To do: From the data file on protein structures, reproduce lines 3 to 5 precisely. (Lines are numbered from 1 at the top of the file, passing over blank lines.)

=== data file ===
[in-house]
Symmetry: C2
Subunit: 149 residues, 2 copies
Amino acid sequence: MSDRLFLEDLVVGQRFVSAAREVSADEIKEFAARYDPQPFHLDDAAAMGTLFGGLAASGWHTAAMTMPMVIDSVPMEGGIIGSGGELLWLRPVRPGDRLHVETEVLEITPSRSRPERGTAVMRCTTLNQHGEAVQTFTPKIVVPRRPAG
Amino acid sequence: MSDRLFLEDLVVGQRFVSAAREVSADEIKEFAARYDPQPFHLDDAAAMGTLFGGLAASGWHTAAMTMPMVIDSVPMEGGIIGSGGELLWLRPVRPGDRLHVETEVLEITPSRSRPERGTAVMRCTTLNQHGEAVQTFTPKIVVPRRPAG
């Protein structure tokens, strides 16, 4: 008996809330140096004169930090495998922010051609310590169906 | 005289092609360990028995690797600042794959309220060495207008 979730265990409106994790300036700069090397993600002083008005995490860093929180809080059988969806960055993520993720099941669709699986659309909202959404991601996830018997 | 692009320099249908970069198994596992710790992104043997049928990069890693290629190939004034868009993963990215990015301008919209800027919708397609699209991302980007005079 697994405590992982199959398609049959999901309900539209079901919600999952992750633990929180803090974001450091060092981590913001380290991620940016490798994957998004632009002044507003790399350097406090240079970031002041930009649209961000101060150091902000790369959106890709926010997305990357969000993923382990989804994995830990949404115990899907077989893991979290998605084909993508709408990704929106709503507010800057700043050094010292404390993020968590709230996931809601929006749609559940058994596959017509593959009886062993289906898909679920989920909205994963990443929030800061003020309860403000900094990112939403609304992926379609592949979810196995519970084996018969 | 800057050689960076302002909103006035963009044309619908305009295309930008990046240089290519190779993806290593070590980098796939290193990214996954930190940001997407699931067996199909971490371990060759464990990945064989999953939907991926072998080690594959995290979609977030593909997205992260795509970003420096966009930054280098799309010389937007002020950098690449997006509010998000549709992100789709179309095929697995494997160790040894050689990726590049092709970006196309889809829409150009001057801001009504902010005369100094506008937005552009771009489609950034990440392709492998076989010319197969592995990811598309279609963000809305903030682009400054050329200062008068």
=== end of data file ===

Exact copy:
Subunit: 149 residues, 2 copies
Amino acid sequence: MSDRLFLEDLVVGQRFVSAAREVSADEIKEFAARYDPQPFHLDDAAAMGTLFGGLAASGWHTAAMTMPMVIDSVPMEGGIIGSGGELLWLRPVRPGDRLHVETEVLEITPSRSRPERGTAVMRCTTLNQHGEAVQTFTPKIVVPRRPAG
Amino acid sequence: MSDRLFLEDLVVGQRFVSAAREVSADEIKEFAARYDPQPFHLDDAAAMGTLFGGLAASGWHTAAMTMPMVIDSVPMEGGIIGSGGELLWLRPVRPGDRLHVETEVLEITPSRSRPERGTAVMRCTTLNQHGEAVQTFTPKIVVPRRPAG